Men with a university degree have the highest earnings.

Other factors affecting educational expansion
-The baby boom: parents wanted more opportunities for their children
-The need for public expenditure on research and development: economy demanded more research scientists, more patents and copyrights
-Expansion was particularly marked in the sciences and technology: Western government in a space race with USSR demanded more mathematical and scientific literacy

One institutional response: the rise of research universities
-Top North American universities aim to train researchers and produce research findings
-Undergraduate teaching is a (minor) aspect of this process
-student satisfaction and student employment are minor concerns
-This is reflected in the way University of Toronto measures its success, in its own eyes
-will look at an annual report shortly

The “Academic Revolution” by Jencks and Riesman
-Bureaucratization of American societies means:
-Graduate schools have rise to dominance with narrowly specialized curricula, heavy research agenda, and all-PhD faculty
-Working like a funnel, the top graduate schools receive the best graduates of the best undergraduate colleges

The U of T is Canada’s leading research university
-Canada has seen a process of educational reform similar to that described by Jencks and Riesman
-Partly thanks to the role of John Porter in promoting higher education

Performance Indicators for Governance — Governing Council
-Number of Canada Research Chairs

In Canada – especially Ontario – provincial funding has fallen behind
-In the last 25 years, the funding of higher education has decreased

A second problem facing educators: the non-academic (youth) subculture
-In North America, the youth subculture is anti-academic and anti-intellectual
-To verify this, check out TV channels, movies, and websites aimed at young demographic

The adolescent society
-James S. Coleman: “plight of education”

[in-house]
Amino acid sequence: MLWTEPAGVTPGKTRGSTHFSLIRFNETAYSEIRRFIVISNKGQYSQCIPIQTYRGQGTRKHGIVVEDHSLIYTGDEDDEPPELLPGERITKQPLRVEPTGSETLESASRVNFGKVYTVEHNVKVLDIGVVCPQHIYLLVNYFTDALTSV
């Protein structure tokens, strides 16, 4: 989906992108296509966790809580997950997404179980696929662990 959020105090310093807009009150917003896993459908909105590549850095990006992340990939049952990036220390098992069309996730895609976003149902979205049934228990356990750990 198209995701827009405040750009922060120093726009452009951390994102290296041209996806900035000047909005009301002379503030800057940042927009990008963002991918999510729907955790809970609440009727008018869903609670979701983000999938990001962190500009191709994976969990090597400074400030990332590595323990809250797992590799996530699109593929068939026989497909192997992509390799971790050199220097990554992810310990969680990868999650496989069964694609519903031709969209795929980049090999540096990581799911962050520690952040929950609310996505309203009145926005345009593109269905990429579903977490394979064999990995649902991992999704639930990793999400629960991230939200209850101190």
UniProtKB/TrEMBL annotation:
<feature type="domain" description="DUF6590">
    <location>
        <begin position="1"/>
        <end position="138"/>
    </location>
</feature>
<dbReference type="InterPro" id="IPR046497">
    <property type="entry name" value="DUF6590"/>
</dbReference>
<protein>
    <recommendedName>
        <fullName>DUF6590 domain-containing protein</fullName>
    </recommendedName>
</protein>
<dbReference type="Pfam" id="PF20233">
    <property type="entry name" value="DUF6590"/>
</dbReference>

-Looked at the STUPIDITY of American adolescents

1.Students jude and reward appearance and a few other qualities (e.g. athletic ability) according to a widely shared student code
2.Nerds are ostracized because they uphold grading standards others are unable or unwilling to meet

The educational paradox:
-formal education is ever more important in shaping people’s life chances
-at the same time, teens are getting stupider!

Coleman’s sample
was impeccable

Teens hate school.
Even students from better-off families.

In a way, students behave like alienated workers.
They develop a collective response to demands by people in authority.

Crestwood Heights by Seeley
Undertaken in Forest Hill, an affluent community in Toronto
Very posh
The goal was to study “the culture of child under pressure for conformity”
Seeley was concerned about children’s mental health:

They are under so much pressure to perform.
What are the consequences for kids and parents?

Parents were upper class
professional or managerial
well off, very successful: typically a self-made man.

They viewed the kid as a problem to be solved.
How do they make their kids a shining success?

Careers are the priority
They teach their kids to be “perfect”.
Their kids need to be competitive and successful.

School is the central institution where you can train a perfect child.

Training for “bureaucratic crawl”:
Values shift from stress on individual achievement to stress on co-operation, other-direction, and a submergence of the individual in the group.